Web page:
“It’s just so ironic that the people who wrote the Constitution for the United States ensured that the right to free speech and a free press was enshrined in the First Amendment and yet in recent years it’s been the very first thing to be attacked. The Constitution was written in 1787 – it’s over 200 years old. It’s a big disappointment when you have a belief system all your life that tells you there is a constitution that protects you  – something you believe wholeheartedly and one day you wake up and realise that those rights aren’t as real as was promised to you.”
This was something of a rude awakening for Paul and an unnerving one at that.
“It becomes very frightening when you’re arrested for exercising what you believe to be your rights. It’s a very frightening place to be. And this is happening in America, a country which calls itself the epicentre of democracy.”
Despite the environmental damage and the consequent health and safety factors involved in MTR mining, it’s clear that the mining industry in West Virginia has its own allies and will brook no opposition to its project. There are, of course, echoes of Shell’s ambitions in Bellinaboy and the Shell to Sea campaign.
“Even years ago this was happening. When I was working part-time for a prominent newspaper that was supposed to include issues around the mining industry, the paper refused to cover the story. In fact, one day my boss cornered me in the photodesk darkroom and told me that if I didn’t stop speaking at rallies and protesting about the mining activities that he was going to fire me. That was the editor of the newspaper who told me that.
“So this is what we’re dealing with. This industry and the government have been complicit in repressing the truth.
“I don’t know how Obama is going to be about all this. His administration wasn’t directly involved in what happened to me. It was the local authorities that took it to the FBI. The FBI, working in co-operation with Homeland Security, established what are called ‘intelligence fusion centres’ and what these centres are doing is collecting information from a lot of different sources.”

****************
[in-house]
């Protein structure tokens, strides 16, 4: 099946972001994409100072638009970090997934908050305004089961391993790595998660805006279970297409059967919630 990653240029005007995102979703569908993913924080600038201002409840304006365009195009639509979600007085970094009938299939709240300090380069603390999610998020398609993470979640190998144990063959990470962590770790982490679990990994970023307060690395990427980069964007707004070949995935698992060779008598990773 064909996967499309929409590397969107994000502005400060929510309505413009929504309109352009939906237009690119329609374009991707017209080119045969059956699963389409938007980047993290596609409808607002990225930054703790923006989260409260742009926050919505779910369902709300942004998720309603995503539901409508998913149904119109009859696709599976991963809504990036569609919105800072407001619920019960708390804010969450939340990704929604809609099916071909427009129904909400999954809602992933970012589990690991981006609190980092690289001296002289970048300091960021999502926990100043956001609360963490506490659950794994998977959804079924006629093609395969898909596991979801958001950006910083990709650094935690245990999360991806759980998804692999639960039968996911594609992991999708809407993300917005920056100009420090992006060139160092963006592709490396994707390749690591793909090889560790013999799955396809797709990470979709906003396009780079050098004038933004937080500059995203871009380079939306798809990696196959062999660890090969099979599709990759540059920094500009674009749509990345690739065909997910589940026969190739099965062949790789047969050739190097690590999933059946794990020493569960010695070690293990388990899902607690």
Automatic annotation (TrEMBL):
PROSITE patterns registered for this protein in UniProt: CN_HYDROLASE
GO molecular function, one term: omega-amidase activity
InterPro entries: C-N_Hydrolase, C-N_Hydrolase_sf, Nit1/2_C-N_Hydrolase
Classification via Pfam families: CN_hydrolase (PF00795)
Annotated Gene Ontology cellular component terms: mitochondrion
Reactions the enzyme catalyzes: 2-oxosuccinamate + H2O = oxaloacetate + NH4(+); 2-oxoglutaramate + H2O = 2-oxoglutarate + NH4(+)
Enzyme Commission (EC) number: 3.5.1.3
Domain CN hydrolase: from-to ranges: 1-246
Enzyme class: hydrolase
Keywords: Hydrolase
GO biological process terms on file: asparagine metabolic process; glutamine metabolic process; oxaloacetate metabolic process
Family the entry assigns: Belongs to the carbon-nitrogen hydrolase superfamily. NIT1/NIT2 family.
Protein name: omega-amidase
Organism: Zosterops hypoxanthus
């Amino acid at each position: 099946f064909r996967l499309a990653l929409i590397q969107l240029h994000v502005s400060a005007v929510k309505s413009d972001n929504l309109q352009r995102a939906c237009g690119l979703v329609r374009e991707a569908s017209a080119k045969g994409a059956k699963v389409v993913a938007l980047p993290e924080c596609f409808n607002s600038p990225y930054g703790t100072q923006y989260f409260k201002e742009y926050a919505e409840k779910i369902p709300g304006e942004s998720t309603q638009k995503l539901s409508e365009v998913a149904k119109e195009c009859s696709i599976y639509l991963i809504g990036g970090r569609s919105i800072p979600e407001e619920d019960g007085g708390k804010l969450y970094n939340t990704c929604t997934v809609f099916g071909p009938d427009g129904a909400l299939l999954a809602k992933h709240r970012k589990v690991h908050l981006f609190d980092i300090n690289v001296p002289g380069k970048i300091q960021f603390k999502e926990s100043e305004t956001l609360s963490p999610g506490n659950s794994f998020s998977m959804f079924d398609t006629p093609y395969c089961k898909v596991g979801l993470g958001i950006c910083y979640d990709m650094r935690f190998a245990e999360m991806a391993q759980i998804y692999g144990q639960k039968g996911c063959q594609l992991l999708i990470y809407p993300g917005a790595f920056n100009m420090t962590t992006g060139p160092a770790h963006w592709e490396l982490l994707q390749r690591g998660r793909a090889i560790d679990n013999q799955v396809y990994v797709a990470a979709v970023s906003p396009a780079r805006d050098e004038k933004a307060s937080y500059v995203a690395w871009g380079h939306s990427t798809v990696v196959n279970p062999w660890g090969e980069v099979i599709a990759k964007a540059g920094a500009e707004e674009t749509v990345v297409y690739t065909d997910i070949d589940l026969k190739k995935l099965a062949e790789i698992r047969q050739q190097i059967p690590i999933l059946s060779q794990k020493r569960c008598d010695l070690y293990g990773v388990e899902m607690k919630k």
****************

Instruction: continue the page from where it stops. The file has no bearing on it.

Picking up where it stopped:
Is he worried about his safety at this stage?
“I’m not really worried about the government harming me,” the journalist says, “but I have had my life threatened by people close to the mining industry and I’m not the only one. So many people I’ve worked with have had threats.”
Nevertheless, Paul hasn’t lost motivation.
“What keeps me inspired is that there are glimmers of hope. I’m able to document these things and get information and develop public awareness.  It’s a long, long struggle. I have a very keen awareness that Martin Luther King once said that ‘the arc of history is long, but it bends towards justice’. That’s what keeps me going. I know that the efforts of a lot of people will continue to move thing towards justice.
“Such conferences as the Front Line event in Dublin is an example, and it’s been a very powerful and moving experience for me. After all, there is always darkness before the dawn.”
At the finale of his presidential campaign, Barack Obama made a speech in Virginia. He said:
“If you’ll stand with me then I know that we can win Virginia and we can win this election and we can finally bring the change we need to Washington.” 
He emphasised his promising remarks by saying:
“I feel like we got a righteous wind at our backs here.”
Well let’s hope it is the wind of change people like Paul Corbit Brown are looking for.

Paul Corbit Brown after being arrested while reporting on a non violent protest in  West Virginia                                                                 Photo: Antrim Caskey